What You Must Know About Writing on the Web

1975.

While that number might mean different things to you, like your birthday, an anniversary, graduation year, part of a lottery number – to me it represents a quota.

Several years ago, a fan counted up all the articles I wrote every year and came up with an estimate of 1,975 articles published annually across multiple sites.

I was stunned. No, staggered. I now had a number. I didn’t know what to do with it. It freaked me out. That’s 164 articles a month. Thirty-eight articles a week. Five and a half a day. That’s a lot.

Don’t even ask to add up the word count. I couldn’t. Yet, the same person estimated that I wrote 2,370,000 words annually.

It took a long time for me to come to grips with that number. I worried when I became smarter with my time and dropped some of the online columns and magazines to concentrate on more influential sites. What if I couldn’t keep up with the numbers?

After a while I gave up and realized it was just a number. Like a random phone number or birth date. Another number not to worry about. Much.

Along the way to generating all those words every year for many years on end, I learned a few things worth sharing. Continue reading

Publishing Responsibilities: I’m Responsible for What I Say

I am responsible for what I say. I am not responsible for what you understand.

This is going around the web and it’s a powerful statement:

I am responsible for what I say.
I am not responsible for what you understand.

It’s a simplified version of:

I know that you believe you understand what you think I said, but I’m not sure you realize that what you heard is not what I meant.
Robert McCloskey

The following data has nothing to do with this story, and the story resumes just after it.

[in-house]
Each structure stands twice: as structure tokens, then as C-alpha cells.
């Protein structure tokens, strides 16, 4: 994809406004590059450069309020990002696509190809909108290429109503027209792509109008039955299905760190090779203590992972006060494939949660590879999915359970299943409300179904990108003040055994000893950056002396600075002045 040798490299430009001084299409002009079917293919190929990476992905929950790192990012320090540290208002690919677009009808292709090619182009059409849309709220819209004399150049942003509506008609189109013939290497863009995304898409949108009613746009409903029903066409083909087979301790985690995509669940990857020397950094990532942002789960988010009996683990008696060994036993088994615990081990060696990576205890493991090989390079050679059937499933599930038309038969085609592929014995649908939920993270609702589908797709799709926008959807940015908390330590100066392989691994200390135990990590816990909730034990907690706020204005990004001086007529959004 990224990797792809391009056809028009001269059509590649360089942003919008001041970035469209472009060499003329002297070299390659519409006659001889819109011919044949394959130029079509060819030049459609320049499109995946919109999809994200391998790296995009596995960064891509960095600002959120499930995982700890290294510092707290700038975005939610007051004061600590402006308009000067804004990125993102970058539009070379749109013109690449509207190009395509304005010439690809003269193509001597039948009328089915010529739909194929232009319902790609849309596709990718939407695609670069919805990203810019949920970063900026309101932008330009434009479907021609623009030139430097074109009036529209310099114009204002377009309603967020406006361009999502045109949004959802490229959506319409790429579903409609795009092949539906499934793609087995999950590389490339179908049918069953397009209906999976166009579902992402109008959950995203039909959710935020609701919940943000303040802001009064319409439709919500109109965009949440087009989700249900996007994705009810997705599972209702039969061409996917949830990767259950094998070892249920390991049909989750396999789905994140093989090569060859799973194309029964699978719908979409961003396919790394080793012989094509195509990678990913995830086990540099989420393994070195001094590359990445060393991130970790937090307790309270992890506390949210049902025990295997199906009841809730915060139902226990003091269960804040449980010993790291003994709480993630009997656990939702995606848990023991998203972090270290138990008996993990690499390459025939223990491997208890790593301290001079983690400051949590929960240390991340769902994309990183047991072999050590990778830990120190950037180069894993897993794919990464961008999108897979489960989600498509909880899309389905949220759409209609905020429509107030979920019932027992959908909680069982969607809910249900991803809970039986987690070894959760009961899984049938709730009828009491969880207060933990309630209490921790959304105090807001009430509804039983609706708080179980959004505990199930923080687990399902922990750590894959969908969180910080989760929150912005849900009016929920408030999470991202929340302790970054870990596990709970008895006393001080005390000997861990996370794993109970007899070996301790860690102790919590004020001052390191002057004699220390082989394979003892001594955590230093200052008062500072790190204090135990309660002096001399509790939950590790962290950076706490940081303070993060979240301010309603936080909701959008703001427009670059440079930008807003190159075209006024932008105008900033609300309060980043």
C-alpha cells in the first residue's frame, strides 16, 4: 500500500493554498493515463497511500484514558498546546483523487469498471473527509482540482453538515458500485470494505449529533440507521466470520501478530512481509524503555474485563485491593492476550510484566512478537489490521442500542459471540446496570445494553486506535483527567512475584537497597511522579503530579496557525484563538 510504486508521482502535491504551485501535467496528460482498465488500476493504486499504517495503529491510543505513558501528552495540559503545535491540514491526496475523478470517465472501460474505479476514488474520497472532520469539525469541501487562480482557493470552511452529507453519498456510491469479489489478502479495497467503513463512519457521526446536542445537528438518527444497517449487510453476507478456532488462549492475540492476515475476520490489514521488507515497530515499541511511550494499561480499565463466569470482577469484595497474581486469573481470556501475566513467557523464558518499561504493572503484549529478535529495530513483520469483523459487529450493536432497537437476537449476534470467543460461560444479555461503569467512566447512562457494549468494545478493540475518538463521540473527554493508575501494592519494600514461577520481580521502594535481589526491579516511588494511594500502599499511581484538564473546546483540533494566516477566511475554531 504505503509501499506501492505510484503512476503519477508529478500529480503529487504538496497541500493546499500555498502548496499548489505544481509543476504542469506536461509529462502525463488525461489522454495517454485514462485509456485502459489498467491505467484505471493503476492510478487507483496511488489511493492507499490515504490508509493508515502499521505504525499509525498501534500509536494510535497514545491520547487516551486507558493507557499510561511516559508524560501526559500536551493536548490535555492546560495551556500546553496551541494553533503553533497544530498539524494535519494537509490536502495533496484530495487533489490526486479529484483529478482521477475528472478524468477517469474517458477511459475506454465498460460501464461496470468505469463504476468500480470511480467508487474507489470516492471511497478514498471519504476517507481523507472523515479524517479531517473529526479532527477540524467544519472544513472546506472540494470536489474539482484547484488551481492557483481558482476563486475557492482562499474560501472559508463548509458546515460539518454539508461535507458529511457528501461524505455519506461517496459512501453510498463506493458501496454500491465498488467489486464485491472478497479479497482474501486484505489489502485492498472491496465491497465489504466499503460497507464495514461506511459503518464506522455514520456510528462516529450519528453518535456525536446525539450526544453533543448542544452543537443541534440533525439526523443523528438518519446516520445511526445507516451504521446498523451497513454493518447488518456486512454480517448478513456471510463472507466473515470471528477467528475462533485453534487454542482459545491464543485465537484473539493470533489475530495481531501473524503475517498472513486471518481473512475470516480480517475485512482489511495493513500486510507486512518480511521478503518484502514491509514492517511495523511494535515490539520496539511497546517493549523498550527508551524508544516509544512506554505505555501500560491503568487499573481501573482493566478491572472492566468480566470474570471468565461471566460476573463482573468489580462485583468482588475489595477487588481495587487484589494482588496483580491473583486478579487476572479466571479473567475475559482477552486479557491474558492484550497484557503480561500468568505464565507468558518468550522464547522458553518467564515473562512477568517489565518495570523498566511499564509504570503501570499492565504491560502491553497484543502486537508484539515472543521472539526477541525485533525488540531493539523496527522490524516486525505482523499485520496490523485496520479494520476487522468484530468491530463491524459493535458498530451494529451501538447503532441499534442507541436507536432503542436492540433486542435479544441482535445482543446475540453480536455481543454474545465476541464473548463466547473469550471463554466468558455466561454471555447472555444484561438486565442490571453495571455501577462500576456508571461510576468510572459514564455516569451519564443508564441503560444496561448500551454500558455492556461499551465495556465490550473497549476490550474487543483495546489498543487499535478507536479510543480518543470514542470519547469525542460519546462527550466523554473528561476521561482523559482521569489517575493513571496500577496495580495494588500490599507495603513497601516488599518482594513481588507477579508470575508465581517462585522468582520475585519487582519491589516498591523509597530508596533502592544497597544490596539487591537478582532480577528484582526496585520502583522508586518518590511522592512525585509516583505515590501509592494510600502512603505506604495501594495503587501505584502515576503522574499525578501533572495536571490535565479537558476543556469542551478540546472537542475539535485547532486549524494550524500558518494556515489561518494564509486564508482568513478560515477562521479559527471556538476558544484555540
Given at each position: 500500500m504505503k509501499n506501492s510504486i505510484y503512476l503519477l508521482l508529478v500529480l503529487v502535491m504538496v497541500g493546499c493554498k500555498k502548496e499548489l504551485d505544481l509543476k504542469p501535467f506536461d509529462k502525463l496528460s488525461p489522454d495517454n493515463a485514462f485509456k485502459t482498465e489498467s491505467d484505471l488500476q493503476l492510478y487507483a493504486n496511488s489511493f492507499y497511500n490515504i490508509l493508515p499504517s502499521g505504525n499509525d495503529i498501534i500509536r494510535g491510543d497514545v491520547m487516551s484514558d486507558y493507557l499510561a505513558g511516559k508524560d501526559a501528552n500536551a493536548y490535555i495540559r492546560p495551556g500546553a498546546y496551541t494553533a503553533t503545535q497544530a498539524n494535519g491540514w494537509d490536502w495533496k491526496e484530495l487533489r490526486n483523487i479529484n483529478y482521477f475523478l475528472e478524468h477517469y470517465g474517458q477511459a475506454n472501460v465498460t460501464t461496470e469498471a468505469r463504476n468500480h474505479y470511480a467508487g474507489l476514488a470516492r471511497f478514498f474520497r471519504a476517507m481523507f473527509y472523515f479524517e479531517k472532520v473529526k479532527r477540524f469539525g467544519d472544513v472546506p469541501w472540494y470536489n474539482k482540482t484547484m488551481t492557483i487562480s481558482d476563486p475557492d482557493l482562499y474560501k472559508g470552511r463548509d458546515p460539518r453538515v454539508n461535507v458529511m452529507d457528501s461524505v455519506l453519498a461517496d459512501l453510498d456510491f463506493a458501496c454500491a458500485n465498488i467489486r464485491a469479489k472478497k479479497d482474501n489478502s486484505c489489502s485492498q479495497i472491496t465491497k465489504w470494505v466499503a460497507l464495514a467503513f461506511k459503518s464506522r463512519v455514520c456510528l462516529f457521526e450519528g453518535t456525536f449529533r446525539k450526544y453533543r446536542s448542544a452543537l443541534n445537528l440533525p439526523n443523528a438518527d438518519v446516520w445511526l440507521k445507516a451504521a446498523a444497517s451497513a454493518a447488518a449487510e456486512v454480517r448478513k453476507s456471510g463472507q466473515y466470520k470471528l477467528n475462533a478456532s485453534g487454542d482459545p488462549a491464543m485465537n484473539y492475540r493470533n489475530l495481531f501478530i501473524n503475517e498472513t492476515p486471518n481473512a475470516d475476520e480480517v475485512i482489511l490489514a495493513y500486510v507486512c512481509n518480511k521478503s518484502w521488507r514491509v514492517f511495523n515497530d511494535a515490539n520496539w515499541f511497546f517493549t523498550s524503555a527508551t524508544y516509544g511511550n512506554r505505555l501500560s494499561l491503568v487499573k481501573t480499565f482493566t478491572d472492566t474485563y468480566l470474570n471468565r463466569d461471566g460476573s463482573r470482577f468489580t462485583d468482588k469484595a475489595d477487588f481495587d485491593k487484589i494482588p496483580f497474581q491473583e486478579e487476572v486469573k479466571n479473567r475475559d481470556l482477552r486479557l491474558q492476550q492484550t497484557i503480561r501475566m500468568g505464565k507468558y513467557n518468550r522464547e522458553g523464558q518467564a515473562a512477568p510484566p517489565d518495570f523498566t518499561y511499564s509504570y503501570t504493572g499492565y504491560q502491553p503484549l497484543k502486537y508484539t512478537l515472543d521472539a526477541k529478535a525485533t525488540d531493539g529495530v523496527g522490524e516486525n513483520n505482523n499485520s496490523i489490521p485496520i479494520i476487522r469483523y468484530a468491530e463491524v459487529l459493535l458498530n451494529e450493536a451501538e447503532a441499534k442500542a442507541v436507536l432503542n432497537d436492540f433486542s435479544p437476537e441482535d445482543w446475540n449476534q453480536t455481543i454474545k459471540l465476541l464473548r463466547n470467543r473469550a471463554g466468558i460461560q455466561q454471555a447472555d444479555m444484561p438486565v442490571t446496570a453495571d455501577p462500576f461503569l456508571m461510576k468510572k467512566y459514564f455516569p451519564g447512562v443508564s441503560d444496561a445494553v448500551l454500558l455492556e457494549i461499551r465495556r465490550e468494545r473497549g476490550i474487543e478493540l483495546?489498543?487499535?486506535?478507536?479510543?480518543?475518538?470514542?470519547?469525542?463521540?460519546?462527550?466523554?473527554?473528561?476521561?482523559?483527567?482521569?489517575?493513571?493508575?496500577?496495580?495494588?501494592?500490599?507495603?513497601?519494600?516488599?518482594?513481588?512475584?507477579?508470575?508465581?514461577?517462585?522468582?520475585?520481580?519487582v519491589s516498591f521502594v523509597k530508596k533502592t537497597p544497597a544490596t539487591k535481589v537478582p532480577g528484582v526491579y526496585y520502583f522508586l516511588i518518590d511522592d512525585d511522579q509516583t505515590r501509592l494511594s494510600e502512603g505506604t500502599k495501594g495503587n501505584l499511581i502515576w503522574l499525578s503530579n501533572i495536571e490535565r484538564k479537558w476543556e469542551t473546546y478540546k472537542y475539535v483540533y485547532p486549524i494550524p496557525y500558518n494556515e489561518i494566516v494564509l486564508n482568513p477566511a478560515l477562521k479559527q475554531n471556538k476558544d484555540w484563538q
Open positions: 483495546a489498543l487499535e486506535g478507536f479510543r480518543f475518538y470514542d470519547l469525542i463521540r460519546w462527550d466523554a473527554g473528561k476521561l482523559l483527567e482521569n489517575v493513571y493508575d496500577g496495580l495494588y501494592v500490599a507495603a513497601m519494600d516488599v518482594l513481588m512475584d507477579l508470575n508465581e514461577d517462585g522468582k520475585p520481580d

Yet, it goes much further.

How does this relate to social media and web publishing?

US Air Force Web Posting Response Assessment

Air Force Web Posting Response Assessment v2

Source: Air Force Web Posting Response Assessment (PDF)

The Air Force Web Posting Response Assessment was created by the Air Force Public Affairs Agency’s Emerging Technology Division to create a flow chart path for responding to comments in social media and blogs. While designed for blogs and blog comments, it works across all social networks and online and off-line communications. It’s caught the attention of the social media industry as a solid strategy that businesses should consider when training their staff handling web communications and marketing and establishing clear communication guidelines.

The chart is divided into four areas: Discover, Evaluate, Respond, and Response Considerations. In reality, it covers three areas, Discovery, Evaluation, and Response, as Response Considerations are part of the evaluation.

In general, the chart explains comment responses:

  1. Before responding, consider the source of the response and their attitude and objectives.
  2. Decide how to respond based upon the attitude and objectives of the commenter.
  3. Write the response in consideration of tone, influence, timeliness, transparency, and sourcing (justification and evidence).
  4. Evaluate response and continued conversation, if any, for future considerations and actions.

Among the response options are to monitor only (let the comment stand but take no immediate action), respond with facts to fix the commenter’s falicies or support the original position, respond with a solution to rectify the situation and restore calm and reasonable perspectives, and to reinforce your position positively by “sharing success” and restating your story and mission.